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Dory Dory Black Sheep: Dory Fantasmagory, Book 3
A lot or a little?
The parents' guide to what's in this book.
What parents need to know
Parents need to know that Dory Dory Black Sheep (which defines "black sheep" as one who does things a little bit differently) is the third zany adventure in the Dory Fantasmagory series. Once again, imaginative 6-year-old narrator Dory grapples with real-life issues (from teasing sibs to reading difficulties), but her spunky spirit and her friends (real and imaginary) are more than a match for the challenges. Along with a lot of understated life lessons, there's a lot of humor, much of it involving butts and bathrooms. Also, Dory's favorite book is The Adventures of Super Diaper Baby.
- Parents say
- Kids say
What's the story?
As DORY DORY BLACK SHEEP opens, things have been going pretty great in 6-year-old Dory's intertwined real and imaginary worlds since the events of Book 2. But uh-oh: Dory's having trouble learning to read, and, worse yet, her BFF Rosabelle is already zipping through chapter books! Then a lamb (who may have escaped one of the early reader books) turns up at her house. Things get really strange when comic villainess Mrs. Gobble Gracker drinks a potion meant for Dory -- and turns into a 6-year-old. Will Dory ever learn to read? Will Goblin the lamb ever get home?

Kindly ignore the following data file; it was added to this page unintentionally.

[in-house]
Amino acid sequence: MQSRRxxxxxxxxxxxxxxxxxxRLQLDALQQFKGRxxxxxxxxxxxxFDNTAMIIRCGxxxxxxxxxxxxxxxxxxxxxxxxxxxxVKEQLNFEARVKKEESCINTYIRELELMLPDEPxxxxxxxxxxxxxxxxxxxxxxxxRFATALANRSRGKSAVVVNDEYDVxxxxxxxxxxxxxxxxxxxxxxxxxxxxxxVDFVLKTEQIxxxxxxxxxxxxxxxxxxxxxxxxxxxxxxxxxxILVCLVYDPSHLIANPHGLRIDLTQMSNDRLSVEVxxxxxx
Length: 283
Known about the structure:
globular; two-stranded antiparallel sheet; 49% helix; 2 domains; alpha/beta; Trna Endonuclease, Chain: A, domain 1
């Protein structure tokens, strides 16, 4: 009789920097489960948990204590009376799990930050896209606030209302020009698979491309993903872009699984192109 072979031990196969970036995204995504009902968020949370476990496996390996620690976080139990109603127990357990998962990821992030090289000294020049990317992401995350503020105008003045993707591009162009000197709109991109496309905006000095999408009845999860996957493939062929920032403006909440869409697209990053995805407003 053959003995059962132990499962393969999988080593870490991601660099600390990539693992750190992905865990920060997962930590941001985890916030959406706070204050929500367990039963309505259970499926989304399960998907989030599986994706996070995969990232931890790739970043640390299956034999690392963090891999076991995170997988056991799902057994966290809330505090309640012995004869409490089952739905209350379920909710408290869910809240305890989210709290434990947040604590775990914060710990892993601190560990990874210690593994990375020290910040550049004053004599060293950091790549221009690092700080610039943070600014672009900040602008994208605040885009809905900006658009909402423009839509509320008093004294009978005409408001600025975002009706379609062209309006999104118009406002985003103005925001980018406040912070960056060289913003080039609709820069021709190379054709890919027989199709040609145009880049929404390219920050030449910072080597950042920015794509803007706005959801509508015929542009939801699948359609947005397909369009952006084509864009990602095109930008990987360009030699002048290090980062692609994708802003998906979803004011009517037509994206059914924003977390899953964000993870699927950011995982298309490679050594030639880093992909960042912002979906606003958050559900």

Is it any good?
Reading challenges, lost sheep, sibling squabbles, magic potions, and a much-too-small Batman costume are all part of the fun in author Abby Hanlon's latest helping of early-grade silliness. As Dory says, "My two worlds swirl together like a chocolate and vanilla ice cream cone. Real and unreal get all mixed up in one crazy flavor." Kids who've been following the series from the beginning will get a huge kick out of Dory Dory Black Sheep's unlikely plot developments (arch-villainess Mrs. Gobble Gracker as a little kid?) and the funny drawings.
Dory's worries and frustrations will resonate with many young readers (and almost-readers), as will her perseverance, kind heart, and wacky approach to problem-solving.
Talk to your kids about ...
Families can talk about imaginary friends. Do you have any? What are they like?
Do you feel like characters in books and movies are your friends? Which ones would you really like to be friends with in real life if you could?
Have you ever had a situation with a good friend where one of you was much better at something than the other one? How did it affect your friendship?
Themes & Topics
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